Current and Emerging Topics of Interest
Just like the world, the Hayden Lake Watershed is changing. Our commitment to manage, protect and restore the watershed is not. We would be honored to have your support as fellow stewards of this remarkable Idaho gem.
Decisions that affect the Hayden Lake watershed are made regularly by Kootenai County, local Districts and utilities. We monitor the agendas for these entities and will publish public meeting times, locations and issues for you. You will also find the HLWA Board of Director meeting location, date and agenda on the calendar. Use the link to Events at the top of the page or use the button below.
NEWS & EVENTS
What is Going on at English Point?
Heads Up - logging has begun at English Point
HLWA President Geoff Harvey received a Forest Service notice last week sent out to all those who commented on the English Point Plan. Geoff composed and submitted comments for the Association in June of 2019.
Here is what we can tell you about the project.
The Forest Service's plan is to remove, dead, dying and over-mature trees. The large trees being harvested are primarily Douglas Fir and some Grand Fir, while the Ponderosa Pine is being left. Unfortunately, mature Douglas Fir are susceptible to root rot that is already prevalent in this stand as evidenced by the pods of dead trees. This harvest is in line with the desired result being a Ponderosa Pine dominated stand. If we could have a natural wildfire regime this is precisely the stand type that would occur on this acreage.
The dead trees, save those reserved as wildlife trees for cavity nesters, will come down. However, these are of no commercial value so will await the timber stand improvement phase to be felled, put up in a firewood sale or piled for burning. A certain number of boles will be left on the forest floor as such fallen dead logs are an important part of the habitat.
Unfortunately, logging is an ugly business when in progress. However, given the constraints of management in this semi-urbanized rural area the prescription the Forest Service is following is the best alternative. If nothing is done, fuel loads will increase and should ignition occur the resulting fire would be costly indeed!
Panhandle National Forest Ranger District Notice
Portions of the English Point hiking area near Hayden Lake have temporarily closed to the public to allow for the safe operation of timber removal activity associated with the English Point Forest Health Protection project. The closure area, reflected in the accompanying order, only affects those trails south of Lancaster Road and west of English Point Road. The rest of the system remains open.
The English Point trail system, a 358-acre recreation site near Hayden Lake, is managed by the Idaho Panhandle National Forests’ Coeur d’Alene River Ranger District. Providing approximately 8.4 miles of trails, including the English Point National Recreation Trail, the area is very popular with visitors and nearby residents for hiking, horseback riding, mountain biking, and winter snowshoeing.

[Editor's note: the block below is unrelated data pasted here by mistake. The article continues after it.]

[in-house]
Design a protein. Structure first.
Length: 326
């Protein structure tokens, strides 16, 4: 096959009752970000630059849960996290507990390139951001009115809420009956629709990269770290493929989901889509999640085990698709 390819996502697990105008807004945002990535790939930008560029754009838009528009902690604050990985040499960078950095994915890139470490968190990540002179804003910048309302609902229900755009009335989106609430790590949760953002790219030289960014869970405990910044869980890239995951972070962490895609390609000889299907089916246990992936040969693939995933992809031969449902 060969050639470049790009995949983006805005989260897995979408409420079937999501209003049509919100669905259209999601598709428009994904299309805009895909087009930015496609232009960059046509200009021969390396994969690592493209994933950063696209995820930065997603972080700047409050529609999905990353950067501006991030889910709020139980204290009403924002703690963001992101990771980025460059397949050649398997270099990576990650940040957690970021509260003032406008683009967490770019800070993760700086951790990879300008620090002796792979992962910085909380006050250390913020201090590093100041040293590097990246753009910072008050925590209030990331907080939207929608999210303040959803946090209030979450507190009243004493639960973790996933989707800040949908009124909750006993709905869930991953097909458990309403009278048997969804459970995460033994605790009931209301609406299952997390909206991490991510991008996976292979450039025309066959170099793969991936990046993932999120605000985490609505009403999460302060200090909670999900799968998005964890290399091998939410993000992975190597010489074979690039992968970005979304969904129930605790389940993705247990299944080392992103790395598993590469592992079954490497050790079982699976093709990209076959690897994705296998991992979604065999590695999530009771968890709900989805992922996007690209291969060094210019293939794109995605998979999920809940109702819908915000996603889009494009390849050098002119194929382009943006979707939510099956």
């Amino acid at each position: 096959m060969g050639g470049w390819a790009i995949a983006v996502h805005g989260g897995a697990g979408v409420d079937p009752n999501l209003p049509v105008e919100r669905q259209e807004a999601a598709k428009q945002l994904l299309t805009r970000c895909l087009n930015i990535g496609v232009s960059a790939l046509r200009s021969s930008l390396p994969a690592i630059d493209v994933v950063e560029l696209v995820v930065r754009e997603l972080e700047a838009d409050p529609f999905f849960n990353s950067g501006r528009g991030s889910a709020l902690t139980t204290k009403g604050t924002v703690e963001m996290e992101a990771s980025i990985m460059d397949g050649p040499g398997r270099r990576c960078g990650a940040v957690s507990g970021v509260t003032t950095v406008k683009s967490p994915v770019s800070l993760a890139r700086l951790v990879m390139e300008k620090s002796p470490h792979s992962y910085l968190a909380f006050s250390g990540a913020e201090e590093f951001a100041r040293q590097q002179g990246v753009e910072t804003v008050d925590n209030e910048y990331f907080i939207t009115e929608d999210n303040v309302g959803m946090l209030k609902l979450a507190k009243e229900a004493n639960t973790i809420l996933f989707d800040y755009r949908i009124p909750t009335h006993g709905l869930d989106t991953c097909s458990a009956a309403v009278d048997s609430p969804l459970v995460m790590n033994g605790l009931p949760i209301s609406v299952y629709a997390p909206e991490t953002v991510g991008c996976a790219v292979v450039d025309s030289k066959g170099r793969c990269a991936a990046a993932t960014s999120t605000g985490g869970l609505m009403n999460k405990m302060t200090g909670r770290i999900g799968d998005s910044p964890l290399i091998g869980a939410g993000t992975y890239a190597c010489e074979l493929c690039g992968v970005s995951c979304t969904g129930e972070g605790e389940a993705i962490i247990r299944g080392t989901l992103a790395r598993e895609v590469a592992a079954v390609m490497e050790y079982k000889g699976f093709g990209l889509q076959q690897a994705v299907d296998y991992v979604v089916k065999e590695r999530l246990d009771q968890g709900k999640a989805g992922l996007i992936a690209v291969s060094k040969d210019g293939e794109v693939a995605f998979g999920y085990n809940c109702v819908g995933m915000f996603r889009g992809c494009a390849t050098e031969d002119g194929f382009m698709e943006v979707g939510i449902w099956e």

Following a decision in March last year, the project seeks to improve forest health in and around the popular hiking area by reducing hazardous fuels loading to mitigate wildfire danger and by thinning to improve species and age class diversity. The project also includes work to improve hiking trails and boardwalks. Copies of the project documents can be found at https://www.fs.usda.gov/project/?project=56148
The closure order will remain in effect for 90 days or until rescinded. The Forest Service plans to rescind the order as soon as timber operations are complete. They are expected to last through the end of July.
The Idaho Panhandle National Forests appreciates the public’s tolerance of these temporary closures in support of the long-term restoration benefits and trail improvements.
Years ago, the Forest Service planned its timber harvest activities in sale sizes up to maybe 1500 acres. In recent year the agency has moved its planning to much larger units. Typically, management is planned for tens of thousands of acres over many years. Such plans do not just plan the timber harvest of the area, but also road creation and destruction (decommissioning), controlled burning of forest stands, trails, and stream protection and restoration. In short, most every management action the agency can foresee over a twenty-to-thirty-year time horizon. The Honey-Badger Planning Project is just such a large area (60,000 acres) planning effort that has been in progress for three to four years
Hayden Lake Watershed Association has initiated a program to document excessive and damaging wake activity on Hayden Lake during the 2021 boating season. One of the tools we will be using requires your participation. Help us fine tune the process by trying out our report form today.
Have an incident to report?
Fill out our report form and attach photo of the watercraft if you have one...
The February 2021 Biannual Report
Twice each year we like to bring you up to date on the issues and initiatives the Association has undertaken. The 2021 winter edition of the report is here for you to view and download.
We invite you to send us your favorite photos of fauna in your neighborhood. The diversity of life here in the Hayden Lake Watershed a gift we can share with one another to lift our spirits and remind ourselves how fortunate we are to live here.
Use our Photo Upload Form to share them with the Watershed.
STAY CURRENT ON ALL THINGS IN THE HAYDEN LAKE WATERSHED
Our bi-monthly newsletter will keep you up to date on HLWA meetings and initiatives. We partner with other community groups around the watershed to have a voice in the decisions our regulatory agencies are contemplating and will publish the agency meeting times and locations.